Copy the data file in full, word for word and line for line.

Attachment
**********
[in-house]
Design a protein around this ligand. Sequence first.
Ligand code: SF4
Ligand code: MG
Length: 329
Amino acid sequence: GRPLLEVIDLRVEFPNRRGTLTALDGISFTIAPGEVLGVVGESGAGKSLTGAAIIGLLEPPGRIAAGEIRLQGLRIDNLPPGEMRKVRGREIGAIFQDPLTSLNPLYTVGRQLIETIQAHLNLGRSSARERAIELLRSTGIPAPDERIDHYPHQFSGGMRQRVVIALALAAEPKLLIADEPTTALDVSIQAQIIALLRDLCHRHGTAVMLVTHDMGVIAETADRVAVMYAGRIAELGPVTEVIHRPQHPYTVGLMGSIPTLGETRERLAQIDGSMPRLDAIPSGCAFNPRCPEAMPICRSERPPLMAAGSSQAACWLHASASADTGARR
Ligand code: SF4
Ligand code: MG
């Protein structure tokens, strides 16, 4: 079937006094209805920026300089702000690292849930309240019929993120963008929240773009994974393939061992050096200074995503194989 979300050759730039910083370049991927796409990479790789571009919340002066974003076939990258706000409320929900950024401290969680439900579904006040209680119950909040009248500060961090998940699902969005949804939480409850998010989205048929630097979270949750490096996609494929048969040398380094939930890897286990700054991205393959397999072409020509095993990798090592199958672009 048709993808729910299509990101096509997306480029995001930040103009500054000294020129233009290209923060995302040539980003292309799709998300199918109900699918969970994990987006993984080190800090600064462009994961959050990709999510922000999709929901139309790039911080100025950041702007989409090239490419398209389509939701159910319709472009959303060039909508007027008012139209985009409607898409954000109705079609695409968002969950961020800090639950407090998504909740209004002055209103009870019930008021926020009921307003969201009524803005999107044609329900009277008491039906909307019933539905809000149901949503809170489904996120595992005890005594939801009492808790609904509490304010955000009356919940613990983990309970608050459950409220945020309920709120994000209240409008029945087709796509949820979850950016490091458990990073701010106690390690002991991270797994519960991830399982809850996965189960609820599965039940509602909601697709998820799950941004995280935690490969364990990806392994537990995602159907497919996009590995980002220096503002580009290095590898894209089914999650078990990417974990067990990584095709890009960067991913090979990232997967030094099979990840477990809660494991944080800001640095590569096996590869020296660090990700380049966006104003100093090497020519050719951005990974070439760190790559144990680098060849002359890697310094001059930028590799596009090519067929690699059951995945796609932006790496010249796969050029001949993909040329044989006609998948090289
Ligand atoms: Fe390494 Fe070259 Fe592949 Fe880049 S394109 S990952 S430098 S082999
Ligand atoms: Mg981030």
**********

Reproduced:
[in-house]
Design a protein around this ligand. Sequence first.
Ligand code: SF4
Ligand code: MG
Length: 329
Amino acid sequence: GRPLLEVIDLRVEFPNRRGTLTALDGISFTIAPGEVLGVVGESGAGKSLTGAAIIGLLEPPGRIAAGEIRLQGLRIDNLPPGEMRKVRGREIGAIFQDPLTSLNPLYTVGRQLIETIQAHLNLGRSSARERAIELLRSTGIPAPDERIDHYPHQFSGGMRQRVVIALALAAEPKLLIADEPTTALDVSIQAQIIALLRDLCHRHGTAVMLVTHDMGVIAETADRVAVMYAGRIAELGPVTEVIHRPQHPYTVGLMGSIPTLGETRERLAQIDGSMPRLDAIPSGCAFNPRCPEAMPICRSERPPLMAAGSSQAACWLHASASADTGARR
Ligand code: SF4
Ligand code: MG
């Protein structure tokens, strides 16, 4: 079937006094209805920026300089702000690292849930309240019929993120963008929240773009994974393939061992050096200074995503194989 979300050759730039910083370049991927796409990479790789571009919340002066974003076939990258706000409320929900950024401290969680439900579904006040209680119950909040009248500060961090998940699902969005949804939480409850998010989205048929630097979270949750490096996609494929048969040398380094939930890897286990700054991205393959397999072409020509095993990798090592199958672009 048709993808729910299509990101096509997306480029995001930040103009500054000294020129233009290209923060995302040539980003292309799709998300199918109900699918969970994990987006993984080190800090600064462009994961959050990709999510922000999709929901139309790039911080100025950041702007989409090239490419398209389509939701159910319709472009959303060039909508007027008012139209985009409607898409954000109705079609695409968002969950961020800090639950407090998504909740209004002055209103009870019930008021926020009921307003969201009524803005999107044609329900009277008491039906909307019933539905809000149901949503809170489904996120595992005890005594939801009492808790609904509490304010955000009356919940613990983990309970608050459950409220945020309920709120994000209240409008029945087709796509949820979850950016490091458990990073701010106690390690002991991270797994519960991830399982809850996965189960609820599965039940509602909601697709998820799950941004995280935690490969364990990806392994537990995602159907497919996009590995980002220096503002580009290095590898894209089914999650078990990417974990067990990584095709890009960067991913090979990232997967030094099979990840477990809660494991944080800001640095590569096996590869020296660090990700380049966006104003100093090497020519050719951005990974070439760190790559144990680098060849002359890697310094001059930028590799596009090519067929690699059951995945796609932006790496010249796969050029001949993909040329044989006609998948090289
Ligand atoms: Fe390494 Fe070259 Fe592949 Fe880049 S394109 S990952 S430098 S082999
Ligand atoms: Mg981030």